Leakey Board members visit Saudi Arabia

Leakey Board cropTwo Executive Board members of the Leakey Foundation, Mark Jordan and Matthew Kaser, recently joined the Palaeodeserts team in the field. Mark and Matthew were able to observe, first hand, the new field research that was taking place in Dawadmi where Acheulean sites were being investigated.

The team is grateful to the Leakey Foundation for their visit to our project site, as well as for their original funding of our project.

Whalen Archives received in Oxford

Whalen archive cropNorman Whalen led some of the most important archaeological surveys and excavations in Arabia in the 1980s and 1990s. Among his many accomplishments, he was the first professional archaeologist to excavate a Palaeolithic site in Saudi Arabia.

The Palaeodeserts team was fortunate to recently obtain Whalen’s archives from his former academic institution, Texas State University (USA). After review, examination and publication, the archives will be donated to the Saudi Commission for Tourism and Antiquities.

Presentation at the Centre for the Archaeology of Human Origins

Dr Huw Groucutt, School of Archaeology, University of Oxford, UKAt the Centre for the Archaeology of Human Origins (CAHO) at the University of Southampton, Huw Groucutt will give a presentation entitled “Empty desert or dispersal superhighway? The changing face of Quaternary Arabia” on March 28, 2014.

Survey and excavation of Acheulean sites in Dawadmi completed

Dawadmi dig cropThe Palaeodeserts field season in Dawadmi was highly successful, resulting in the identification of many new archaeological sites. Surveys by the team over a broad geographic area, extending over a distance of 150 kms, identified numerous Acheulean (Lower Palaeolithic) sites. These Acheulean sites contained characteristic tool forms, called handaxes and cleavers.
Acheulean sites were associated with rivers, indicating that hominins travelled along these water courses to reach the heart of Arabia. An Acheulean site excavated by Norman Whalen in the 1980s was re-visited, revealing a dense accumulation of stone artefacts at the base of a volcanic rock source. Here, stone tools were manufactured by the dozens to produce Acheulean implements.

Petraglia invited to Roads of Arabia exhibit in Houston

Houston - cropHRH Prince Sultan generously invited Professor Michael Petraglia to the opening of the ‘Roads of Arabia’ exhibit at the Museum of Fine Arts, in Houston, Texas (USA). The travelling exhibit displays some of Saudi Arabia’s most exquisite national treasures from key archaeological sites.

HRH Prince Sultan visits our field project in Dawadmi

Prince Sultan at Dawadmi - resize His Royal Highness Prince Sultan bin Salman bin Abdul Aziz, President of Saudi Commission for Tourism and Antiquities, recently visited our project in Dawadmi. Prince Sultan was able to see field excavations in progress. A highlight of the day was the Prince’s excavation of an Acheulean handaxe from the excavation trench.

Arabia – The Central, but Missing Link in World Prehistory

MBI lecture crop 1Prof Michael Petraglia will give a talk in March 2014 on recent discoveries that demonstrate that the Arabian Peninsula was a key geographic link between early human cultures in Africa and Asia.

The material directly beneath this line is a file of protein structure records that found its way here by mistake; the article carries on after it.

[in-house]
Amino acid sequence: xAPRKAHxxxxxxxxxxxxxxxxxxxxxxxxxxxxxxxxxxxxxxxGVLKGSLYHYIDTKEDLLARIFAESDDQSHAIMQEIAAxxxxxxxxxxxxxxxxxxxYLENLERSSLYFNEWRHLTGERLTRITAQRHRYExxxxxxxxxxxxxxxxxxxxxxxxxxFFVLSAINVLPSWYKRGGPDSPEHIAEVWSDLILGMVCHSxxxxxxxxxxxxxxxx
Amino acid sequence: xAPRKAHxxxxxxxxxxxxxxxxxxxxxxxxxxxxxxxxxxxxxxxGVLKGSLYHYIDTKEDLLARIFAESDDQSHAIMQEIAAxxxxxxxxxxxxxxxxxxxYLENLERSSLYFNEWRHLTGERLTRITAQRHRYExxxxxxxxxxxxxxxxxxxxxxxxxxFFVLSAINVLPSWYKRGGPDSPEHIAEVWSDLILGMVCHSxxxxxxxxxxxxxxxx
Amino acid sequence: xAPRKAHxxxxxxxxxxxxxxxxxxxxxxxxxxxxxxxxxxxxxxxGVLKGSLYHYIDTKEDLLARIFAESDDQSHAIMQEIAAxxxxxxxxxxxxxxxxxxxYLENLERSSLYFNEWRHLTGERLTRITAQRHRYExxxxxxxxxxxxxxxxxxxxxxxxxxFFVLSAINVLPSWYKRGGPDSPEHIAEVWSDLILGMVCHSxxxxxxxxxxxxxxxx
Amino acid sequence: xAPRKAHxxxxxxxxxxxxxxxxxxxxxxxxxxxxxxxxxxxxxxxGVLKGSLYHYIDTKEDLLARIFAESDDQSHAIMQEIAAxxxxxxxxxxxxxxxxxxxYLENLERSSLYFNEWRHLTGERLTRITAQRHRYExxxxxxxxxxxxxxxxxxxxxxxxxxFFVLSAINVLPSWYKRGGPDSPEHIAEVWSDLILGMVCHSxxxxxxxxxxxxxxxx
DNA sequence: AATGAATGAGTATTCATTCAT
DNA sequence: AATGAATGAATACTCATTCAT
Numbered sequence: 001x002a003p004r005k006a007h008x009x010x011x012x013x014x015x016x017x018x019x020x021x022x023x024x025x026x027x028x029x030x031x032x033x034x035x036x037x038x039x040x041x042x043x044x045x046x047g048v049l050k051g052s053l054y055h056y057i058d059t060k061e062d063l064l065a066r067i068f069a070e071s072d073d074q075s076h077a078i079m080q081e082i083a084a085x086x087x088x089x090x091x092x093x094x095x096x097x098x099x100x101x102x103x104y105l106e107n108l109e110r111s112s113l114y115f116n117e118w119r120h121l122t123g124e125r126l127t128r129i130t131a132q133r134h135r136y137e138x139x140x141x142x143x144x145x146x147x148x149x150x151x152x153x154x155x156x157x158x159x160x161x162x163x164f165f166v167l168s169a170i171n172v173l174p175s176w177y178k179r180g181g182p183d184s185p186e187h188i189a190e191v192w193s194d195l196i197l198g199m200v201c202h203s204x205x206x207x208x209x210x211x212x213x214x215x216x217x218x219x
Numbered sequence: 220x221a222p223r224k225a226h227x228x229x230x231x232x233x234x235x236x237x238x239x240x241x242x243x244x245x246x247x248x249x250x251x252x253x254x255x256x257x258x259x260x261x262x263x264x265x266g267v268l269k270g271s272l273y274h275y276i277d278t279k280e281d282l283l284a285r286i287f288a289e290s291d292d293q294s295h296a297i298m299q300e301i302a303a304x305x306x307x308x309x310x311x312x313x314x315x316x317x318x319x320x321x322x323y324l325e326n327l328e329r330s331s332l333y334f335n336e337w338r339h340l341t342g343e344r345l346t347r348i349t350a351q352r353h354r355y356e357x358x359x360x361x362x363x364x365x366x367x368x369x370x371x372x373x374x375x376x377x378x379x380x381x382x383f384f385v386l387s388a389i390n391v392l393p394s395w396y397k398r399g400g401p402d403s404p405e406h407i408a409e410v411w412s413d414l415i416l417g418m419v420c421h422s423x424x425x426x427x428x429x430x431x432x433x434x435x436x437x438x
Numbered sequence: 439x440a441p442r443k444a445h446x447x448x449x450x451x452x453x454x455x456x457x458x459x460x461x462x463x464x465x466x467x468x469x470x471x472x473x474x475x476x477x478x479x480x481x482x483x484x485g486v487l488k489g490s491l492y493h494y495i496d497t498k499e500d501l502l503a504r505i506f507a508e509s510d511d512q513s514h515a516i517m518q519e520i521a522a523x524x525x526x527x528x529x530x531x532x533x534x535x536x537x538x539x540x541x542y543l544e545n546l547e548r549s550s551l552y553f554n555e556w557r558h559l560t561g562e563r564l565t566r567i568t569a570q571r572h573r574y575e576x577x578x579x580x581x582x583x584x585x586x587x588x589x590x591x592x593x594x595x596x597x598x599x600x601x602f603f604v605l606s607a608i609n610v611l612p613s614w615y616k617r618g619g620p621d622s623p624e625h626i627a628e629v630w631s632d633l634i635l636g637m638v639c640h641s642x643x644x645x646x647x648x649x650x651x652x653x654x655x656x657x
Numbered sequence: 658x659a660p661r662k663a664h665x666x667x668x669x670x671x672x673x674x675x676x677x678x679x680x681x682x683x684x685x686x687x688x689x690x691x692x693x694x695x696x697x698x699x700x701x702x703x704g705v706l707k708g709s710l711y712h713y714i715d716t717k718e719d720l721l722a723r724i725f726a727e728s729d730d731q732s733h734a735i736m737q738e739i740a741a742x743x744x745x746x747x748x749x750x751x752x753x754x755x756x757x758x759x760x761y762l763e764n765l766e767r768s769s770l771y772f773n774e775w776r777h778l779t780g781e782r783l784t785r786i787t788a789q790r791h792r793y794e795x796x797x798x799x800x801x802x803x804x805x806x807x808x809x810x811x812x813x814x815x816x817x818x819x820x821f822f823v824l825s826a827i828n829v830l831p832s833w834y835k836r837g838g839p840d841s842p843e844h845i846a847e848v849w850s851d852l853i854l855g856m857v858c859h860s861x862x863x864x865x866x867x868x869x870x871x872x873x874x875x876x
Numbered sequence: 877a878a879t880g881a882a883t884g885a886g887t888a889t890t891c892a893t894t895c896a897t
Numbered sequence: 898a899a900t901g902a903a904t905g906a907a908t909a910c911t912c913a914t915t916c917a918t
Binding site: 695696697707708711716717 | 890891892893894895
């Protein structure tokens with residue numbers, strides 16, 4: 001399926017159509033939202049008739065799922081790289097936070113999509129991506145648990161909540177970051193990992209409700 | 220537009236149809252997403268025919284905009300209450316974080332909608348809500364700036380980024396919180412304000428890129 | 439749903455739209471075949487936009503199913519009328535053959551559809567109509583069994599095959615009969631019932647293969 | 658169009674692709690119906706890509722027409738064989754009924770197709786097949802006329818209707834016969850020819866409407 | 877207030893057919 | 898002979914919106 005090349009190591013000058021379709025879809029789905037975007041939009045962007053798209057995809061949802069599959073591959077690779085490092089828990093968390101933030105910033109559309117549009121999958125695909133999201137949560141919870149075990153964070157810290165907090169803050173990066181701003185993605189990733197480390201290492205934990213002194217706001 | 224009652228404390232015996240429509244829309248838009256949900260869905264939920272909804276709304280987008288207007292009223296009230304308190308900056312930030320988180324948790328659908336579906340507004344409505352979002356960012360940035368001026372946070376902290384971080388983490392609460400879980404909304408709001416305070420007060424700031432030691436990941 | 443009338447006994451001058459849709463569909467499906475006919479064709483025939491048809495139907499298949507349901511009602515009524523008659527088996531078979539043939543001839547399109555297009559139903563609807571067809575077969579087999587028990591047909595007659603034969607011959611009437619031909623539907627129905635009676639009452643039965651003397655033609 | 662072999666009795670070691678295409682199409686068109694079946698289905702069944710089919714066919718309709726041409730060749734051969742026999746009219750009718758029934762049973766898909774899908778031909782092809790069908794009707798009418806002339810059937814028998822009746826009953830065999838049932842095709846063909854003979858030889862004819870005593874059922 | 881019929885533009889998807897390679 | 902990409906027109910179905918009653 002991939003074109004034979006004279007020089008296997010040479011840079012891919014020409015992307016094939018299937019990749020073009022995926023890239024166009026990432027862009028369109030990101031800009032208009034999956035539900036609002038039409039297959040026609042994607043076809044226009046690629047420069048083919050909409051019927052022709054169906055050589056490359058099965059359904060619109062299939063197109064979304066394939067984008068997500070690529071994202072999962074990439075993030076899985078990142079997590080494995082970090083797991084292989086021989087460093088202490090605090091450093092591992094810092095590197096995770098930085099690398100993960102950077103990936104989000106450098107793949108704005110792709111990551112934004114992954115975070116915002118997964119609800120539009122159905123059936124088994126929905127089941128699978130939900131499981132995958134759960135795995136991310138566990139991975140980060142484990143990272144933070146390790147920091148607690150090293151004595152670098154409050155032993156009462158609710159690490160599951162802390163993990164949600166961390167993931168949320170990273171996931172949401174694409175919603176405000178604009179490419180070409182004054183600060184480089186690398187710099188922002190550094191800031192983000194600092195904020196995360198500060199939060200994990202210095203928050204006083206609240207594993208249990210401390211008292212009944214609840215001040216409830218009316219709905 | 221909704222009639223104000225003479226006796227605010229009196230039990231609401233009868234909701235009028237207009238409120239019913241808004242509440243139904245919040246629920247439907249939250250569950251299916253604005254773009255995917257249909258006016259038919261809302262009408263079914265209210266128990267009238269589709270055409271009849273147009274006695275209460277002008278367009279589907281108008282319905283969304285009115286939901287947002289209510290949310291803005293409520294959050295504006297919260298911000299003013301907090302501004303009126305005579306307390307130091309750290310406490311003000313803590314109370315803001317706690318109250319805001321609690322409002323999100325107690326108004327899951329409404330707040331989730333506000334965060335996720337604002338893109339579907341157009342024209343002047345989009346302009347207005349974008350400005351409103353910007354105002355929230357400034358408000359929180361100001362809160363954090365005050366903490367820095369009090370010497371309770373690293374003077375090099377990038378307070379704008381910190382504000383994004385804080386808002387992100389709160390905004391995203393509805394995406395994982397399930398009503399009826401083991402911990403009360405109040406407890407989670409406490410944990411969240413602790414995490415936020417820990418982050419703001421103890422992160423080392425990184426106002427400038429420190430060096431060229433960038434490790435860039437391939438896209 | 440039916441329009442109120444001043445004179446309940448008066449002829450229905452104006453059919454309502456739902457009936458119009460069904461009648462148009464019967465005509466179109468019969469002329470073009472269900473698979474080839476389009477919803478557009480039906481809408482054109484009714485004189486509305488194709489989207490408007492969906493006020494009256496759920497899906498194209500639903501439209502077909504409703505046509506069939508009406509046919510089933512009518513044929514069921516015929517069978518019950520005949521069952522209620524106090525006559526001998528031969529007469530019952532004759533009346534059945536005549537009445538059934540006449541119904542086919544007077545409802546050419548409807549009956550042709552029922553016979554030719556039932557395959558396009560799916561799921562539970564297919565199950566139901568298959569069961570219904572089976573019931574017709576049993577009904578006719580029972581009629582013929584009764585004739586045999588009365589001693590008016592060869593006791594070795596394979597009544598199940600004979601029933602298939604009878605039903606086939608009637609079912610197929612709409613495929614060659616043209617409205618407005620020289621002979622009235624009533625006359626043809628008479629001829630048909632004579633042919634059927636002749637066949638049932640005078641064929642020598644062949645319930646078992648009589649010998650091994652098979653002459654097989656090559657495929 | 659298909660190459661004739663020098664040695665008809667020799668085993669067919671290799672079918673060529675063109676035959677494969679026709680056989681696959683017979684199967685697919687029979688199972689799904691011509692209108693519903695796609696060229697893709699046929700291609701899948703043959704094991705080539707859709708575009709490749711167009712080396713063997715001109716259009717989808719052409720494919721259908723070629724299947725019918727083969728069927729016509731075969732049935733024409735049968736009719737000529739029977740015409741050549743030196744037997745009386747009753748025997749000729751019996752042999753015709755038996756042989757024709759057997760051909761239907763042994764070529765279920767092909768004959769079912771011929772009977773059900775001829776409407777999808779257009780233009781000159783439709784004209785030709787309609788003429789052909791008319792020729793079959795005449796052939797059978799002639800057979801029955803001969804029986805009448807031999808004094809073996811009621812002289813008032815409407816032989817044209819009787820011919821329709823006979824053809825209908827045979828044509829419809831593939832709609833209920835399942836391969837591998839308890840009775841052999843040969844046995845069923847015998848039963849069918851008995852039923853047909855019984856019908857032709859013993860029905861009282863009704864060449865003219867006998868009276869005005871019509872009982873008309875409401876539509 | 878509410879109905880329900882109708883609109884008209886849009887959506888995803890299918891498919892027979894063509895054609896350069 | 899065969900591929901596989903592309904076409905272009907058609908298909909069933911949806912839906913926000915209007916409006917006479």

Click here for more details.

Conference – Green Arabia

JubbahApril 2 – 4, 2014, hosted by the University of Oxford and the Palaeodeserts Project

Scholars and students from around the world will gather for 3 days of presentations and discussions covering the latest multidisciplinary research on the prehistory of the Arabian Peninsula and its role at the cross-roads of continents.

Conference announcement

Call for Posters

Conference registration

Conference flyer


Michael Petraglia

Abdullah Alsharekh

Huw Groucutt

Ash Parton

International Meeting in France

Fyssen Meeting - crop 1

The Fyssen Foundation sponsored meeting, “From Colonisation to Globalisation: Species Movements in Human History”, took place in Saint-Germain-en-Laye, France, on October 4-7.  Some twenty scholars from Australia, France, Switzerland, the UK, and the USA attended the meeting.  The meeting was interdisciplinary in scope, and included archaeologists, palaeontologists, geneticists, microbiologists, geographers and historians.  Dispersals on a regional and global scale were examined, time periods covered ranging from the earliest phases of human evolution right up to the contemporary world. The conference proceedings will be published by Cambridge University Press.

Conference participants (left to right): Michael Petraglia, Melinda Zeder, Bruce Smith, Genevieve Chertier, Robin Dennell, Terry Hunt, Margaret Lewis, Dorian Fuller, Monica Green, James Webb, Patrizia d’Ettore, Andrew Tatem, Geraldine Finlayson, Nick Drake, Clive Finlayson, Jon Erlandson, Marcus Hall, Greger Larson, Remy Crassard, Mark Achtman, Tim Denham, Nicole Boivin.

Rock art article featured on front cover of Antiquity journal

Antiquity front pageAn article written by Richard Jennings on the rock art landscapes beside the Jubbah palaeolake in Saudi Arabia features on the front cover of the September issue of Antiquity.

Richard’s co-authors on the paper were Ceri Shipton, Abdulaziz Al-Omari, Abdullah M. Alsharekh, Rémy Crassard, Huw Groucutt and Michael D. Petraglia. Click here to read the article.

The authors have undertaken a systematic survey of rock art and interpreted the results using GIS. They conclude that the overwhelming majority of prehistoric rock art sites overlook contemporary early Holocene palaeolakes, and that the distribution of later Thamudic rock art offers insights into human mobility patterns at Jubbah in the first millennium BC.